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Revisiting Emilia-Romagna

Bologna has always had an independent nature, like an irreverent but brilliant child. Europe's first university, L'Università di Bologna, was founded here in 1088, earning the city the nickname la dotta, or "the learned," for its medical and scientific advances (Dante and Copernicus were both alumni). During the Renaissance, plans to make the town's basilica larger than St. Peter's in Rome provoked papal intervention; in 1895 Bolognese inventor Guglielmo Marconi revolutionized telegraphy with the discovery of wireless transmission. But it was only in 2000, when the Emilia-Romagna capital (45 minutes north of Florence) was selected as a European City of Culture, that tourism became a priority. Vast sums were spent on new arts facilities, hotel renovations, and museum openings. The airport's runway was lengthened to accommodate international arrivals; nonstop flights from New York begin next month on Italy's Eurofly carrier.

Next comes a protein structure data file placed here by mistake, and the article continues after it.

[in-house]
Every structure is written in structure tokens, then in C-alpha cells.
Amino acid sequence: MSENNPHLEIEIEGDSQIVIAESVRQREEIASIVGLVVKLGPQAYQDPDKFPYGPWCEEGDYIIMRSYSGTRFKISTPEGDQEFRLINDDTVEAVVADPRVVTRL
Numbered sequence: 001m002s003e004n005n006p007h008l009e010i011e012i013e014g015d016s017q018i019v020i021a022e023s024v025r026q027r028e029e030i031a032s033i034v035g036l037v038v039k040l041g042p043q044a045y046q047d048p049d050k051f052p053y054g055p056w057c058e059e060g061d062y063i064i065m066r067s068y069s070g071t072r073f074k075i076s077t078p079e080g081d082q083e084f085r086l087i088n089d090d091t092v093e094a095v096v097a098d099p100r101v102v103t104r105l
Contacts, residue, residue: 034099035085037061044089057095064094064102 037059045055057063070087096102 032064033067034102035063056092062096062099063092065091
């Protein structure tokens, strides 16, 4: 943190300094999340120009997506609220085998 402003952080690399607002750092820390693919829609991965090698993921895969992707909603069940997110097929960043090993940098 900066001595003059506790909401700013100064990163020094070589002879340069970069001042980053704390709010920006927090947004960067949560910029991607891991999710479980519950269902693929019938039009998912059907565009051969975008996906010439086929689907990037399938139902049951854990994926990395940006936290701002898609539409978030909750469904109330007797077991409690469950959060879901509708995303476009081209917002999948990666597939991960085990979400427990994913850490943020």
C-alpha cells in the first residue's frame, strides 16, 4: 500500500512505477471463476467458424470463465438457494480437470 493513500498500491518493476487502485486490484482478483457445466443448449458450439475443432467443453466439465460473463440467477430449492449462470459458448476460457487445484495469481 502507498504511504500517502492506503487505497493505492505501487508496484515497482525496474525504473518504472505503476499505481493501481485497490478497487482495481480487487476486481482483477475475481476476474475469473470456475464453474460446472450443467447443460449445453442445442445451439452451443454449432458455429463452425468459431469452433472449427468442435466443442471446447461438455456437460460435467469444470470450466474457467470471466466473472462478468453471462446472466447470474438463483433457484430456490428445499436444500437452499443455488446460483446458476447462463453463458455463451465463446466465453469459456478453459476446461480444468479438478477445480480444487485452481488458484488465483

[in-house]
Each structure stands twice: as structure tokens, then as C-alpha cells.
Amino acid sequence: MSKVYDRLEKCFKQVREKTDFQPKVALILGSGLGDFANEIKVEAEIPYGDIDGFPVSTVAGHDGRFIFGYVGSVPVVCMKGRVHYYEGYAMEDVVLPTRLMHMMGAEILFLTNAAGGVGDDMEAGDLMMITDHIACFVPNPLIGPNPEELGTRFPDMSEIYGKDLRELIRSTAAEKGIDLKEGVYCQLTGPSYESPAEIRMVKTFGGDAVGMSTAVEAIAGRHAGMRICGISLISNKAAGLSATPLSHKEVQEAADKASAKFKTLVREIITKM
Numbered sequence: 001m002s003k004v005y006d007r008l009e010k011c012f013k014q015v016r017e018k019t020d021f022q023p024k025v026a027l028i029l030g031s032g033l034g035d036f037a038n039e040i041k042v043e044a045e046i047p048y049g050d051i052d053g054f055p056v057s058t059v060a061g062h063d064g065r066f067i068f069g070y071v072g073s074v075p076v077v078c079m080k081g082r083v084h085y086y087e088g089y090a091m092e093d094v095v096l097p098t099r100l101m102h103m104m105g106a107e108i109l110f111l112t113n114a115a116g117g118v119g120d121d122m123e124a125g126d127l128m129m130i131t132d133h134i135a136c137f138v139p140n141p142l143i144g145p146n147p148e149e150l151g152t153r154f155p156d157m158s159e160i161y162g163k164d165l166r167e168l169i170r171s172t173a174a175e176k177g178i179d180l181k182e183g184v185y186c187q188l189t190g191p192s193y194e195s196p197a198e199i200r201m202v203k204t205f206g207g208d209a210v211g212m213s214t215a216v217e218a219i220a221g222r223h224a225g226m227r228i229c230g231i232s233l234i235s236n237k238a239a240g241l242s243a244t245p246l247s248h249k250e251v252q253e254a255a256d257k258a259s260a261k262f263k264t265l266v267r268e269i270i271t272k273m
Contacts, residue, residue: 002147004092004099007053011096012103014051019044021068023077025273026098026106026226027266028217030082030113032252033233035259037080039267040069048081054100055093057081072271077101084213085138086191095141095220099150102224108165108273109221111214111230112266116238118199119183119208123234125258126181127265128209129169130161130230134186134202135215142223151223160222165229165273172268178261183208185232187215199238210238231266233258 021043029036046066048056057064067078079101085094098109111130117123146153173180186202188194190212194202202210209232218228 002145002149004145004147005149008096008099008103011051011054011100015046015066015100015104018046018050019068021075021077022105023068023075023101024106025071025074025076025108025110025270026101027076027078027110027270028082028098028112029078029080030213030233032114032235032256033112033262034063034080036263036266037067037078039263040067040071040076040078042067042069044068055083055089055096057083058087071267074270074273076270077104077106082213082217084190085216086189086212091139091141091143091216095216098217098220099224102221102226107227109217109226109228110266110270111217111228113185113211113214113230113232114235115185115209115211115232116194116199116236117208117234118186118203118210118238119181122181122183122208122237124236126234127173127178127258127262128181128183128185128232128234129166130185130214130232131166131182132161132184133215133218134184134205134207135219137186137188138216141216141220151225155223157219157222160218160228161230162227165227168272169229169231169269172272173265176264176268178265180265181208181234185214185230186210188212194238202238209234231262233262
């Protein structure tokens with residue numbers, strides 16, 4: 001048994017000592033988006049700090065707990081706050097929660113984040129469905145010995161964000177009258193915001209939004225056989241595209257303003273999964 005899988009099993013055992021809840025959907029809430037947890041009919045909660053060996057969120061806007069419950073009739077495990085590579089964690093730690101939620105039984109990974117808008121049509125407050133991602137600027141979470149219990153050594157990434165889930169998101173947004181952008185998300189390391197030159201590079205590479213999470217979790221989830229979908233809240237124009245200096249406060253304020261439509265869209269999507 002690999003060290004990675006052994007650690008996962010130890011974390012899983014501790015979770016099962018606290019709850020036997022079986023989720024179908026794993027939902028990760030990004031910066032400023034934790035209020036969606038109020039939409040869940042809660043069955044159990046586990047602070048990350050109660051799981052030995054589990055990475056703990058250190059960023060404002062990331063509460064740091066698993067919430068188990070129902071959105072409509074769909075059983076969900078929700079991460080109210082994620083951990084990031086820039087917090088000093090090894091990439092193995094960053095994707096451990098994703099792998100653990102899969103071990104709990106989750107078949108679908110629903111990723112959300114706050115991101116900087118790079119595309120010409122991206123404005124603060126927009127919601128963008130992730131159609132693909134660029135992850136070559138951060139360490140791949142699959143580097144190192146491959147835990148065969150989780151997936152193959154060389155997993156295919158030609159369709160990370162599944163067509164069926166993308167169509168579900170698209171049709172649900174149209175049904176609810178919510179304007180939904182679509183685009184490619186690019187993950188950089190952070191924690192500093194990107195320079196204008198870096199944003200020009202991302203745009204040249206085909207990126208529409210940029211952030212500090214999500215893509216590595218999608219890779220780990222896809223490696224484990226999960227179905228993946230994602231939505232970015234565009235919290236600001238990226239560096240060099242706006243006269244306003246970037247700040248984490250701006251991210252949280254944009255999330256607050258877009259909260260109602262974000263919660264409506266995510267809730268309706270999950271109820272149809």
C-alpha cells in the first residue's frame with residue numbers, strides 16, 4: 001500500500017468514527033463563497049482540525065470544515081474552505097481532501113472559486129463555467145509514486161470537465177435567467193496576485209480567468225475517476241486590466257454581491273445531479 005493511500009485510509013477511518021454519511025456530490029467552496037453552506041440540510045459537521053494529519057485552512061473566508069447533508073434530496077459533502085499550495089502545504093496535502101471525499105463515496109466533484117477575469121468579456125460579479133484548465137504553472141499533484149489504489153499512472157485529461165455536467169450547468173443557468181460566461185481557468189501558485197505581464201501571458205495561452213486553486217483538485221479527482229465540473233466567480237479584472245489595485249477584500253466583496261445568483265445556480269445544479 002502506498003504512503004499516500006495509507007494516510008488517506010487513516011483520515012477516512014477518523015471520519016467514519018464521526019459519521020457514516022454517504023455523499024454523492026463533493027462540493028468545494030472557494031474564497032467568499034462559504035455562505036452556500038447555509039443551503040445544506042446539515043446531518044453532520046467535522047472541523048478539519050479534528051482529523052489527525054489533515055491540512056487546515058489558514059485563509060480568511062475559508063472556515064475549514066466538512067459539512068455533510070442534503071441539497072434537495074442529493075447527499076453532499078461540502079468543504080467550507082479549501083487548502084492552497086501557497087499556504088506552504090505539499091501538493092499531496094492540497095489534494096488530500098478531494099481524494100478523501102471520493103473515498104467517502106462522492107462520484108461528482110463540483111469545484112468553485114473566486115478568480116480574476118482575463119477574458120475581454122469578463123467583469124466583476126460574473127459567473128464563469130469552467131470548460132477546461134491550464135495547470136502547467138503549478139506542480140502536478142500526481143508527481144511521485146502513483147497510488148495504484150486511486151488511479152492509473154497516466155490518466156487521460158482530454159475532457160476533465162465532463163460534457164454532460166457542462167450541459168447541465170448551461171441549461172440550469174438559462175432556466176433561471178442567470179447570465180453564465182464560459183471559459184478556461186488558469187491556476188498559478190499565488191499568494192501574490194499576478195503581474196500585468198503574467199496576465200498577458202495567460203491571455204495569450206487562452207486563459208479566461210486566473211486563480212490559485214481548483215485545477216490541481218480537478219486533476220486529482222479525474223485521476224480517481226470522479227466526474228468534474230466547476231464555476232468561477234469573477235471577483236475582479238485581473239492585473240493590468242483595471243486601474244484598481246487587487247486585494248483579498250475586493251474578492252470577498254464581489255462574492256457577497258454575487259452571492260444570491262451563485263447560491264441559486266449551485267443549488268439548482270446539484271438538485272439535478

The city's most endearing attribute, which I came to appreciate while living there in the nineties, was its non-reputation. The streets in Bologna are laid out like the spokes of a bicycle wheel, and at the center, in the Piazza Maggiore, old men would discuss politics on Sundays. Shopkeepers tempted passersby with slices of mortadella—a type of bologna studded with pistachios and black peppercorns. At the market, wonderfully coiffed matrons wearing their weight in gold helped me buy tomatoes when my early attempts at Italian proved futile. At a time when menus are written in three languages in other Italian cities, Bologna is perfectly positioned: it's anonymous, yet on the verge of being discovered.